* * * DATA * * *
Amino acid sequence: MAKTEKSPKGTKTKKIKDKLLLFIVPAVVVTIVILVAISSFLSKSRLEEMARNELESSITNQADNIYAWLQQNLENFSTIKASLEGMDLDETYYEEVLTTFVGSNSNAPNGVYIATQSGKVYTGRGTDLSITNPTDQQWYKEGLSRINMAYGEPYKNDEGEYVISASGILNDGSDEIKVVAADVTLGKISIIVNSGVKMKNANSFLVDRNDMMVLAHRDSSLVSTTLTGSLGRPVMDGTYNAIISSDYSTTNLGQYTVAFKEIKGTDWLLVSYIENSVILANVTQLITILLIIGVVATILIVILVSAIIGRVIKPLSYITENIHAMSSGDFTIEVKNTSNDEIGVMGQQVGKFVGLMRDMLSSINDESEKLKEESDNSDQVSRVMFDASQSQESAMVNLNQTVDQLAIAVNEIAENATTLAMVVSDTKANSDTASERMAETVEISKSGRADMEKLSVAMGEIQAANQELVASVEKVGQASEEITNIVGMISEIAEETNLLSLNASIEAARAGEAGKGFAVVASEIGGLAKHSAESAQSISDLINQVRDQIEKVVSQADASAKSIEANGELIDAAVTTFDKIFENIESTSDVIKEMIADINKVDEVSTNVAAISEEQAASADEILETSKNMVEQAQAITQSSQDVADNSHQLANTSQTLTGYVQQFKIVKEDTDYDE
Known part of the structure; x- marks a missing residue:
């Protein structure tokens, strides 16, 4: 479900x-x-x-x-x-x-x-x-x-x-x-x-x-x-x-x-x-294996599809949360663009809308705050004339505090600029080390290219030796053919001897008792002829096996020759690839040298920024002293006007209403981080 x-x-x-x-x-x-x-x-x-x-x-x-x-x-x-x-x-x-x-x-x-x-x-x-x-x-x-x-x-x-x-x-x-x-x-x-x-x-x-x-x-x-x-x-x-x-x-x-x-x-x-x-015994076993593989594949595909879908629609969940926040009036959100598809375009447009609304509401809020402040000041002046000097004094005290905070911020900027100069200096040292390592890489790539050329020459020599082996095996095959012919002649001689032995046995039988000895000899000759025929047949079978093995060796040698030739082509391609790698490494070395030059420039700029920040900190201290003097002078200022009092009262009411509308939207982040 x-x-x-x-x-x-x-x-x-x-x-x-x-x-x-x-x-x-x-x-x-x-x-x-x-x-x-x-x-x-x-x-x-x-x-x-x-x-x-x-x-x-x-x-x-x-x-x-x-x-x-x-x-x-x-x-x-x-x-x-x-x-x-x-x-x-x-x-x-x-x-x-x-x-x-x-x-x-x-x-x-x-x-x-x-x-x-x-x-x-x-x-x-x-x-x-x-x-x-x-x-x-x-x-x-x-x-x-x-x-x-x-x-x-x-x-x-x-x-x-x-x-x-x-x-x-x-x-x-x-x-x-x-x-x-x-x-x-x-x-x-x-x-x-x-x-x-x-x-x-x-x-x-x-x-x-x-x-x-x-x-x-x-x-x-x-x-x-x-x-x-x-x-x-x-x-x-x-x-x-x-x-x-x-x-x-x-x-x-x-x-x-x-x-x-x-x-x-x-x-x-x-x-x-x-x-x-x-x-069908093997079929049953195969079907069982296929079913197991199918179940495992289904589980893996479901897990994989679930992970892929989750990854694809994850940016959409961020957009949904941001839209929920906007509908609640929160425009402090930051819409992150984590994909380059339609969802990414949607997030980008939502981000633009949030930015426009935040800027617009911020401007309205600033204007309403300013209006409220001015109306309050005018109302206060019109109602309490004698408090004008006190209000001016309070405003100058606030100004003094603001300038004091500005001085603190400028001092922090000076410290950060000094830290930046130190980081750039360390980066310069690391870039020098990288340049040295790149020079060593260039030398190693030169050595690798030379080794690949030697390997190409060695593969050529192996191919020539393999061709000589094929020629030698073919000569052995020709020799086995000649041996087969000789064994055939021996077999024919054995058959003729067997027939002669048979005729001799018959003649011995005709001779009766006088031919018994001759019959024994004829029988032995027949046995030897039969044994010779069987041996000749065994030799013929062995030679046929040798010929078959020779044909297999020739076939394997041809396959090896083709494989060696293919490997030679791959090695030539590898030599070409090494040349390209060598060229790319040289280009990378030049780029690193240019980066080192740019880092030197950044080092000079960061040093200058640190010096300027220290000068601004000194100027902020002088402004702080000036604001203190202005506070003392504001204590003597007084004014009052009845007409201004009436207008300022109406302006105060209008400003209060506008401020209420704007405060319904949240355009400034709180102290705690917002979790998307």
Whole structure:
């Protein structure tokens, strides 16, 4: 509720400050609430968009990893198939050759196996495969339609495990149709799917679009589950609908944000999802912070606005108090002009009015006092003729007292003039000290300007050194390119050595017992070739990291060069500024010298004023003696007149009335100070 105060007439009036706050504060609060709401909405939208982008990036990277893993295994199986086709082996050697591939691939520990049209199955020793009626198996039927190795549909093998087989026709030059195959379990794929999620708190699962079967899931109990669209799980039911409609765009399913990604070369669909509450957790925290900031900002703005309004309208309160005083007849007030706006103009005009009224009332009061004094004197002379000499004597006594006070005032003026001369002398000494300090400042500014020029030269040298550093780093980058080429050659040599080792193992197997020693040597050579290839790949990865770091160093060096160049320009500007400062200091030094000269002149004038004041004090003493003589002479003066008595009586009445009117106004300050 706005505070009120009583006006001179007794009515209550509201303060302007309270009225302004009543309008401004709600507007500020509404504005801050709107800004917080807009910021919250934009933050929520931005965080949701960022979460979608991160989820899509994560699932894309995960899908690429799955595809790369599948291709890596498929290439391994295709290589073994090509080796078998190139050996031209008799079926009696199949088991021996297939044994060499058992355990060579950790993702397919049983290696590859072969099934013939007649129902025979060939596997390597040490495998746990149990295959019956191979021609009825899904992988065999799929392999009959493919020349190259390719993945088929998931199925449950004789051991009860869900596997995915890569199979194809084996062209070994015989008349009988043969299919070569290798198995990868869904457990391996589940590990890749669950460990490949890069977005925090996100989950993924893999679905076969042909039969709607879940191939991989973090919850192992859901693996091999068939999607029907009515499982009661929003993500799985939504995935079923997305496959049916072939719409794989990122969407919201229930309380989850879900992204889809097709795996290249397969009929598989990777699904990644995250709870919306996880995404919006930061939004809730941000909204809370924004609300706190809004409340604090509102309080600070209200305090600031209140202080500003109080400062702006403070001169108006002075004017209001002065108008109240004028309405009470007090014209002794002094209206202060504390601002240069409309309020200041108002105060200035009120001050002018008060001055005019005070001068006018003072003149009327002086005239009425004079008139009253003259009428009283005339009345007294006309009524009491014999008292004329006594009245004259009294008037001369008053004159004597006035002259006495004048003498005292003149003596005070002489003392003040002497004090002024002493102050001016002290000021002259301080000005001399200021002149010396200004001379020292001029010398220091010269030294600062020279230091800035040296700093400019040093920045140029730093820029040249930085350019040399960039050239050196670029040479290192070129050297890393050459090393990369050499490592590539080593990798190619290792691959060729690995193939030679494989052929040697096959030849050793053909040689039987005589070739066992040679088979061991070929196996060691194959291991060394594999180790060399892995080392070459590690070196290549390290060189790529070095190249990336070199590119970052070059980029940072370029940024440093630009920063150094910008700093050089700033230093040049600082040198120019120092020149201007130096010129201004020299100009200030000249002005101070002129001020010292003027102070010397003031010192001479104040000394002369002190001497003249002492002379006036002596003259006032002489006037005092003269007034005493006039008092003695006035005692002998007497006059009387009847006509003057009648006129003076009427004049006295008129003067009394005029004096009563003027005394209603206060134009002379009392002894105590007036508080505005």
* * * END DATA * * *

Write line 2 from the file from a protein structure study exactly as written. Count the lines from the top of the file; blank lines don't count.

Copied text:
Known part of the structure; x- marks a missing residue: